Choosing The Right Course of Action

About four years ago, I could tell that things were turning south with my business. Cash flow was tight, and customers simply weren't coming back to shop some more. I realized that if I was going to keep my house, I would need to do something to resolve my finances. Although it was scary, I decided to meet with a bankruptcy attorney. After I explained my situation, he helped me to understand the process and how to tell if it was a good idea or not. When I decided to do it, things started changing for me right away. This blog breaks down bankruptcy in layman's terms, so that you can decide whether or not it is right for you.

Don't Catch Yourself In Trouble: Separate Bankruptcy Myths From Facts


Bankruptcy can be an incredibly scary road to go down. In fact, there are many stigmas associated with bankruptcy that may result in you giving bankruptcy the cold shoulder. After all, some of the things that people say about bankruptcy are rather terrifying. However, a lot of things that are said about bankruptcy aren't actually true; they are myths. Here are five assumed facts that are actually myths regarding bankruptcy in Canada.

Only financially irresponsible people file for bankruptcy. 

While some Canadians do actually abuse their credit cards and other financial means, that doesn't mean everyone does. Many people find themselves buried in debt because of being laid off from work, suffering an illness or are in the process of a divorce. Although the people with too much credit on their plates account for the majority of those who file for consumer bankruptcy, nearly 28 percent filed for bankruptcy in 2009 due to job loss and seasonal employment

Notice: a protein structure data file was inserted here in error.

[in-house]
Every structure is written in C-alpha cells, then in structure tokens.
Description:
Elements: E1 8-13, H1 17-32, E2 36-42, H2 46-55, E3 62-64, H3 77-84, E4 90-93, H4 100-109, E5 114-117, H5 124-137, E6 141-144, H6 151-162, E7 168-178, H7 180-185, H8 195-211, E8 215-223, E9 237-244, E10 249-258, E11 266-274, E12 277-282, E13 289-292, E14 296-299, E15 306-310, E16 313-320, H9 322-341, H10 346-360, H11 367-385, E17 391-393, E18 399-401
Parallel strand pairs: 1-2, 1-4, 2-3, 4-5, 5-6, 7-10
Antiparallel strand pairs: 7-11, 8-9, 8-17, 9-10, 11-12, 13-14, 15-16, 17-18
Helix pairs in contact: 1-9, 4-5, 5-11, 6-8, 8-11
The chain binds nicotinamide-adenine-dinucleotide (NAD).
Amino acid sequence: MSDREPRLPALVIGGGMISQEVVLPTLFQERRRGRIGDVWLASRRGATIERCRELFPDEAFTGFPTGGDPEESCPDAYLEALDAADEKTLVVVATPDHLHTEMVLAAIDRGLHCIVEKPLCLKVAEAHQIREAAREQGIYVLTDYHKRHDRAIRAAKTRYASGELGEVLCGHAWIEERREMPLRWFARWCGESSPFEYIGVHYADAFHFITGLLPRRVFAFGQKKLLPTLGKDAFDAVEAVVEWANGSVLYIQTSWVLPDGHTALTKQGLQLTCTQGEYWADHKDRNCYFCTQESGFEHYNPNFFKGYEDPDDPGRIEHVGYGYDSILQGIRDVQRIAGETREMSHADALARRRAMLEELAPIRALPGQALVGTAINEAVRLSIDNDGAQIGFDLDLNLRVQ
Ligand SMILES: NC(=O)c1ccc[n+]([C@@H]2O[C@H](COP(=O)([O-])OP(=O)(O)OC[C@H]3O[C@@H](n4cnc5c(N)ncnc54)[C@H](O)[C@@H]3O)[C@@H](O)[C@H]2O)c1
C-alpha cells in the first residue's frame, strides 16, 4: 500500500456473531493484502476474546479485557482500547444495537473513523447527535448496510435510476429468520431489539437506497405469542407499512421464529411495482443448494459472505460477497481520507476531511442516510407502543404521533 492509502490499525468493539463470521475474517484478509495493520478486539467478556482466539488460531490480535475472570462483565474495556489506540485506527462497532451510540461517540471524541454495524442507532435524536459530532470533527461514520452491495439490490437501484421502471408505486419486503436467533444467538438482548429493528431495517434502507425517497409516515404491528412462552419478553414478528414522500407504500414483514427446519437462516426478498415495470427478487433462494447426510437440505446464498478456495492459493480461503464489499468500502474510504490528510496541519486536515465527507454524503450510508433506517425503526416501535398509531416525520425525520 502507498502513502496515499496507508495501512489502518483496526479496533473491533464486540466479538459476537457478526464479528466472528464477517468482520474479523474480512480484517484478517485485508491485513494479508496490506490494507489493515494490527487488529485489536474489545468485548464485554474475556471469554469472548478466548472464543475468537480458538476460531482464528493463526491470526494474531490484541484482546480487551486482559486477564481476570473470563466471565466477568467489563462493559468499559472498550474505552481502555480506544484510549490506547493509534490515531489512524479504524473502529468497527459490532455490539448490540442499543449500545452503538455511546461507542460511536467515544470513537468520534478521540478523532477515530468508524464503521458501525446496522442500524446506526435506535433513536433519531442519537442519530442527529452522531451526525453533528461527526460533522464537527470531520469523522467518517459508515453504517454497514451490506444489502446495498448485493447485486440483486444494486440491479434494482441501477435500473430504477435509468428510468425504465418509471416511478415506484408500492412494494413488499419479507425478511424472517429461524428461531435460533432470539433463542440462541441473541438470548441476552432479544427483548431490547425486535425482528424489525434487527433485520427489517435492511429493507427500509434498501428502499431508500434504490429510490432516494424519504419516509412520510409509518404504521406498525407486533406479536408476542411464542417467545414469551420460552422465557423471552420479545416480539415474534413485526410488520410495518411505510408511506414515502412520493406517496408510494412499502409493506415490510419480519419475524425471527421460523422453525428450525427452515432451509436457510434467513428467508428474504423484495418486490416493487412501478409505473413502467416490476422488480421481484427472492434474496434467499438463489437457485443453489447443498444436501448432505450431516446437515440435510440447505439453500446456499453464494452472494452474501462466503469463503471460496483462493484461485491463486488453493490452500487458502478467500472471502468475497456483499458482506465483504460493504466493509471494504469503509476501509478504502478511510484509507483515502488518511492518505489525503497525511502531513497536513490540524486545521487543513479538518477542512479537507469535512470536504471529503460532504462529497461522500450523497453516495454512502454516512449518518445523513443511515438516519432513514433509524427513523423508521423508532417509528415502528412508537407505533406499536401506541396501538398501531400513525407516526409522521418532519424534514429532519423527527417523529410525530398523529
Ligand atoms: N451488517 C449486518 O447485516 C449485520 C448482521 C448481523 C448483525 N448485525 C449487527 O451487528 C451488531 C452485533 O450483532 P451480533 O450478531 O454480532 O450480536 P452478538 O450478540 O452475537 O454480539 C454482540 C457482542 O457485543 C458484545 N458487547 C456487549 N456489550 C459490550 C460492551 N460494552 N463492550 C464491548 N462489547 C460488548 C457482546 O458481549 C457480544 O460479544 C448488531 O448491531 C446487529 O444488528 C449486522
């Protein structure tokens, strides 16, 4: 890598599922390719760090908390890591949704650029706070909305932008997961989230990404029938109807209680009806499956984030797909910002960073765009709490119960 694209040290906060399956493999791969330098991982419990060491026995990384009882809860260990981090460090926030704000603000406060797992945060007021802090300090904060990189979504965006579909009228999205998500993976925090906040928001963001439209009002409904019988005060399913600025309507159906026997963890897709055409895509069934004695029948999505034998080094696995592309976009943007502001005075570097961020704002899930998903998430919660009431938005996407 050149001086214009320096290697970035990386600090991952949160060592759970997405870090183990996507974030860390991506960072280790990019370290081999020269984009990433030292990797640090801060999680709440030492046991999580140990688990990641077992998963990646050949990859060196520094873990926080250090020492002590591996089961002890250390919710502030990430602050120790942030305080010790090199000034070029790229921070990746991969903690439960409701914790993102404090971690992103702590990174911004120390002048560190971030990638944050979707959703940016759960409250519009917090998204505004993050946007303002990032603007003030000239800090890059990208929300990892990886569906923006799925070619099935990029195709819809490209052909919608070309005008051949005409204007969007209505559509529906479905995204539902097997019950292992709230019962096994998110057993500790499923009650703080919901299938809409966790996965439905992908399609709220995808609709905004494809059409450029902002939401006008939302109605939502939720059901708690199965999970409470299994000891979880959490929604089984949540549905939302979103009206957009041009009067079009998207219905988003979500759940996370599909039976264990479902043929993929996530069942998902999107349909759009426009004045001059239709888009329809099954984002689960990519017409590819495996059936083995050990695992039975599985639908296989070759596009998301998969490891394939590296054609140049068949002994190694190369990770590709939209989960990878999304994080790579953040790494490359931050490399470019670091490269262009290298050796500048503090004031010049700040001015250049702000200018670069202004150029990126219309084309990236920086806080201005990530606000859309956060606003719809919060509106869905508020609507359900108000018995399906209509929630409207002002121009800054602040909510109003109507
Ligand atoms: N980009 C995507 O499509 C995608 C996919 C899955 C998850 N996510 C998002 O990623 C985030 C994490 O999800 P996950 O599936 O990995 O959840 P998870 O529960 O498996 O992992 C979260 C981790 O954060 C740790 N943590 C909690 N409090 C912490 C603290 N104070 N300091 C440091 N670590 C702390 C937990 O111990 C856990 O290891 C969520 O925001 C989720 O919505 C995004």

All debts are discharged when you file bankruptcy.

Unfortunately, while it would be nice, it is simply not true. Not all debts are permitted to be discharged. Some debts that cannot be discharged include child support, alimony and student loans.

Even debt accumulated just prior to bankruptcy filing won't have to be paid.

This is actually considered to be a form of fraud and the bankruptcy court doesn't take it lightly. If you use a credit card, max it to its limit and immediately file bankruptcy, it will still be your responsibility as it won't be considered in your filing. If it can be proven that this was not your intention, then it is likely that the debt can be included in the filing. 

Credit is permanently ruined after filing for bankruptcy.

While it will take time to get your credit back up to where you can purchase a car or obtain a mortgage, you might be surprised to receive offers in the mail for secured credit cards (sort of like pre-paid cards except they help you build your credit) after your Canadian bankruptcy has been removed from your credit. Essentially, you can get started rebuilding your credit immediately. However, if you decide to take out credit again, make sure to make your payments on time and not go overboard. Otherwise, you may find yourself in a similar situation. 

Bankruptcy cures everything.

The road isn't easy and all problems won't be solved, but filing for bankruptcy in Canada can be a good start if there aren't any other options for you.

As you can see, there are a number of bankruptcy myths out there. It proves to be beneficial to be aware of the facts before seeking the help of a bankruptcy attorney or trustee. In the end, you will only come out on top by filing bankruptcy when you are suffocating with debt. Experts like Abakhan & Associates Inc Prince George can provide you with more information about bankruptcy.


13 September 2014